According to DigiTimes, Apple is considering the possibility of producing a version of the iPhone using a single band 5G.
Apple’s 2021 “iPhone 13” models may not include support for both high-band and low-band 5G connectivity, a report claims, with the future models potentially shipping with compatibility for either the extremely fast mmWave or the more resilient sub-6GHz spectrum.
It is largely believed that Apple’s 2020 iPhone models will include 5G support, with the “iPhone 12” range expected to use 5G modems sourced from Qualcomm. But while speculation for the inbound iPhone generation is intensifying, some attention is being turned to the 2021 model, plausibly called the “iPhone 13.”
According to DigiTimes, Apple is considering the possibility of producing a version of the iPhone using a single 5G band.
While the iPhone 12 collection is anticipated to work with both sub-6GHz signal as well as mmWave, giving customers the full usage of 5G, Taiwan-based sources believe Apple is entertaining the thought of including support of one or the other “for specific markets.”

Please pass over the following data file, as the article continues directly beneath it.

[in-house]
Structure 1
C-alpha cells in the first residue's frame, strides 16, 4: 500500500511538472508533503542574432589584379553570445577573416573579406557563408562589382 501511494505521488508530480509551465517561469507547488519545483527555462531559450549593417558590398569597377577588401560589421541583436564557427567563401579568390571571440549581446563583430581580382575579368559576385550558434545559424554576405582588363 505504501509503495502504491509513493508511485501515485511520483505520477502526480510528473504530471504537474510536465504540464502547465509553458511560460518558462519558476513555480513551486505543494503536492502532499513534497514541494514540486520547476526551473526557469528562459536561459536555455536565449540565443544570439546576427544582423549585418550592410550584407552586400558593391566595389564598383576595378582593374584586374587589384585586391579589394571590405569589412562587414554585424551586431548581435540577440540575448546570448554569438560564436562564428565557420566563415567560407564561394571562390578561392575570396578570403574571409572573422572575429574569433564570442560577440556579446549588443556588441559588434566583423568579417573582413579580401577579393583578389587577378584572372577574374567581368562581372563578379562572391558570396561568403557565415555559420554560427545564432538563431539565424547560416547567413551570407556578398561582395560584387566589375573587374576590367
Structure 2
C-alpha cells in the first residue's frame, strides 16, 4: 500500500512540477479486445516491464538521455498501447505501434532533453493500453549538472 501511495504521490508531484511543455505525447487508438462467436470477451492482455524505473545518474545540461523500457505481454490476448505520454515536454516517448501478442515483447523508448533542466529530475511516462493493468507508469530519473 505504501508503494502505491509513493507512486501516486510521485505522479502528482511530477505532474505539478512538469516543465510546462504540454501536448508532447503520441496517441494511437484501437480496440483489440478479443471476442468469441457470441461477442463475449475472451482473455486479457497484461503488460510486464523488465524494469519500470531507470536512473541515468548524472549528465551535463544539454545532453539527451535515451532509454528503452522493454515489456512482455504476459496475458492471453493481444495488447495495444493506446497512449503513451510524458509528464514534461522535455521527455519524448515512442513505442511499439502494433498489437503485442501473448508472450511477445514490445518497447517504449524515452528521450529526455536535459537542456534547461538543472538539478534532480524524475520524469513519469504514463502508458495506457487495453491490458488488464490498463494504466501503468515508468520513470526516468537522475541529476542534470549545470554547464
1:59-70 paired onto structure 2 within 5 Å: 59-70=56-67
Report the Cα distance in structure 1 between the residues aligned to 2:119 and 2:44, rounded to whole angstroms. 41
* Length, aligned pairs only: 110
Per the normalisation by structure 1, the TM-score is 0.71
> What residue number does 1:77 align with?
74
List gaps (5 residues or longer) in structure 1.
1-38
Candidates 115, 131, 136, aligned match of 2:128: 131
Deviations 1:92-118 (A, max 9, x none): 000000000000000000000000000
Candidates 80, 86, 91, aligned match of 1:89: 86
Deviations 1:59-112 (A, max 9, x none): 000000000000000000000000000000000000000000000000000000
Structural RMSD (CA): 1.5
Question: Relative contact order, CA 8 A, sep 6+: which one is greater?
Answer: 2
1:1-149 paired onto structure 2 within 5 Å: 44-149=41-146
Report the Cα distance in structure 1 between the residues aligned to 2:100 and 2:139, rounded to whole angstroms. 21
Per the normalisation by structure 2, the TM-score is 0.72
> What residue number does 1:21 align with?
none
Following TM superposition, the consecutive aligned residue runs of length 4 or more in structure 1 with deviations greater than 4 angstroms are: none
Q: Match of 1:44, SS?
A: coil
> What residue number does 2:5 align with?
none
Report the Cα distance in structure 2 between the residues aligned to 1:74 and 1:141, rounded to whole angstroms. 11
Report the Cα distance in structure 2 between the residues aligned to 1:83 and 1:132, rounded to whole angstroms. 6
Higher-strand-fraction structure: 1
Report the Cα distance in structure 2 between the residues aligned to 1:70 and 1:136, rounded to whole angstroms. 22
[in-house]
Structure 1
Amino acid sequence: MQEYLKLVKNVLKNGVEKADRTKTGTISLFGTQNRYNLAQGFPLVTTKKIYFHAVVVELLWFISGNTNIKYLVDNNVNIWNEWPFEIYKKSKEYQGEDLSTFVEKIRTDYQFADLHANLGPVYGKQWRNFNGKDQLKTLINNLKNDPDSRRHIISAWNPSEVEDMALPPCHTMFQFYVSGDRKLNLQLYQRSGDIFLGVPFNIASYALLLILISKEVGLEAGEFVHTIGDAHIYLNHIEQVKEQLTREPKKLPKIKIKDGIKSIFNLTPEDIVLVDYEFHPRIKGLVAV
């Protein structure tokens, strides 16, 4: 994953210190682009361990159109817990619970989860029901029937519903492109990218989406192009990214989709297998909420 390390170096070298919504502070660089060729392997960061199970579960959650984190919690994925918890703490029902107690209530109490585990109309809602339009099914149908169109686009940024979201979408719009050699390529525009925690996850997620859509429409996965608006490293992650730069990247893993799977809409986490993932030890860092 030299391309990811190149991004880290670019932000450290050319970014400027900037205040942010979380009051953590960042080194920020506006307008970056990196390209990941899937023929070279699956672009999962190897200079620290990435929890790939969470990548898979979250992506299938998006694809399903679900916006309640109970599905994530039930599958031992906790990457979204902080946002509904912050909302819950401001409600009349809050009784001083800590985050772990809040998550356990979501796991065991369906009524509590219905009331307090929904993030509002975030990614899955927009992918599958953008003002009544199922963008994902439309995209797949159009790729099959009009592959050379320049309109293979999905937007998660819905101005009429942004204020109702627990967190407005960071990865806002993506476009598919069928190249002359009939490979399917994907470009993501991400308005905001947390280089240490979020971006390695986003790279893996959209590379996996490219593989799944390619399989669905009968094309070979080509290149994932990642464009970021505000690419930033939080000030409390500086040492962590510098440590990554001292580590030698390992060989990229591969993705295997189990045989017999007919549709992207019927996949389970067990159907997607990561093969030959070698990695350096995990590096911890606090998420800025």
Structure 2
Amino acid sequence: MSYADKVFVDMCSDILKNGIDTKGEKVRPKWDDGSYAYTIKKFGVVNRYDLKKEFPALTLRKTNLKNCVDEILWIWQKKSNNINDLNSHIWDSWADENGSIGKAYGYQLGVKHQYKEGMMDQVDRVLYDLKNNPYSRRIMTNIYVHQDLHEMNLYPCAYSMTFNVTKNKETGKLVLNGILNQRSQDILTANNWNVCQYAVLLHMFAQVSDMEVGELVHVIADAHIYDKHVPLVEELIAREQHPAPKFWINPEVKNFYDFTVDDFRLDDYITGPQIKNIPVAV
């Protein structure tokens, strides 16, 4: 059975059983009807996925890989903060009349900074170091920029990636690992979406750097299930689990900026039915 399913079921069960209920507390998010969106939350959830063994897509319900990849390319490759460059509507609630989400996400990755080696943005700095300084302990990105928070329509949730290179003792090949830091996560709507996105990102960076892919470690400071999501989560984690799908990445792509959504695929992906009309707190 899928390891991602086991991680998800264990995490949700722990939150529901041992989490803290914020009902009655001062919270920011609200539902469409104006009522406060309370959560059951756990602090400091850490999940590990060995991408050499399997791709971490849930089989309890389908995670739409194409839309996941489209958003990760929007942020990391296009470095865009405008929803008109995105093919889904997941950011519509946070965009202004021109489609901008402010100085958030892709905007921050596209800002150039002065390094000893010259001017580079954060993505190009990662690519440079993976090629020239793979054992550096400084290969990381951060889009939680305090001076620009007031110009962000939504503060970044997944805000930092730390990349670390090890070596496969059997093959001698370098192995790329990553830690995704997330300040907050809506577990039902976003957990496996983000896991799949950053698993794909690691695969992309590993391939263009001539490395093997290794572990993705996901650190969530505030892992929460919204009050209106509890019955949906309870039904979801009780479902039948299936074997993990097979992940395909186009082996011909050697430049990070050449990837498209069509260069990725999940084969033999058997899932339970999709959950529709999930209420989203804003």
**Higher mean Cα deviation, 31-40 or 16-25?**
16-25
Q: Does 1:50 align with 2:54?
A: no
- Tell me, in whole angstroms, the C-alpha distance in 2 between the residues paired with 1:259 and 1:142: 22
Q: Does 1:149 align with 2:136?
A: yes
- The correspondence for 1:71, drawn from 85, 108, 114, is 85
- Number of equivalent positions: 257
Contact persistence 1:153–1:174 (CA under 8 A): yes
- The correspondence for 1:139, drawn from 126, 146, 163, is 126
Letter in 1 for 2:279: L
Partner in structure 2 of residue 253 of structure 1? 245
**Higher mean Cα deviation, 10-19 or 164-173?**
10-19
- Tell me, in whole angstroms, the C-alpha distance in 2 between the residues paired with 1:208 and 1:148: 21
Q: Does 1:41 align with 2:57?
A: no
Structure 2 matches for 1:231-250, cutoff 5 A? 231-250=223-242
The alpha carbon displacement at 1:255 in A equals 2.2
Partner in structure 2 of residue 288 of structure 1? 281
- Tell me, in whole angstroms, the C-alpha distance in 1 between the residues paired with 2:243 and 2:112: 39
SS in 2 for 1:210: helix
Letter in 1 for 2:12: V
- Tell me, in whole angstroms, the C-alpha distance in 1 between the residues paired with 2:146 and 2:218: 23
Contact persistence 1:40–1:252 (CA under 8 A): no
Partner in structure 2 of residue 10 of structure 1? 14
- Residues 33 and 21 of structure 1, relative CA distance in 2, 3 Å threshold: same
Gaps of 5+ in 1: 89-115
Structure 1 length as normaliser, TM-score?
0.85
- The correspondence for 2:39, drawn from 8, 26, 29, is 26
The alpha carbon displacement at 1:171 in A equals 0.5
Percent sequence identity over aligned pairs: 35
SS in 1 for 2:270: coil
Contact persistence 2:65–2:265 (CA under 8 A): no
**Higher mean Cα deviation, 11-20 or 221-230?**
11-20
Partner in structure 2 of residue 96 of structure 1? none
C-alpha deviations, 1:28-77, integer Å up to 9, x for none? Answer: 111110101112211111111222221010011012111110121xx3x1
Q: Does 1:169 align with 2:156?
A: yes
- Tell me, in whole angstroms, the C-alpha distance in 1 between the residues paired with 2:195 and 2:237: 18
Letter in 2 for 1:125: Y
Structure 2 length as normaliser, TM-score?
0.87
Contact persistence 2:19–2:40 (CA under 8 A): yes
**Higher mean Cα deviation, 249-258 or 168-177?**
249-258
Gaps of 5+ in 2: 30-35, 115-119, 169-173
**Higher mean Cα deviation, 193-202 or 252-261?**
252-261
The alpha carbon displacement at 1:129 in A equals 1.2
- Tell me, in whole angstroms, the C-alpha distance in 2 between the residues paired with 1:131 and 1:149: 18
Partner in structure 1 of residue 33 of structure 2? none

While DigiTimes is generally a good source of supply chain rumors, it typically fares better with production news and delays, rather than on specific features of new hardware. That being said, it would be feasible for Apple to make such a decision.
The decision to provide partial 5G support could potentially allow Apple to offer devices that offer at different connectivity speeds, depending on what the market offers in terms of existing infrastructure, as well as the needs of customers.
Retaining support for mmWave would mean that consumers will be able to take advantage of the high speeds that promotion of 5G promises will be available, but such signal is susceptible to interference and lacks range, issues that would normally be fixed by the sub-6GHz spectrum.
Feasibly, by offering mmWave support in this manner, the iPhone would instead have to rely on existing LTE infrastructure to provide extended coverage.
Sub-6GHz 5G is resilient and able to operate at long ranges, unlike mmWave, but it won’t provide much of a speed boost over LTE connections.
Originally published at Apple insider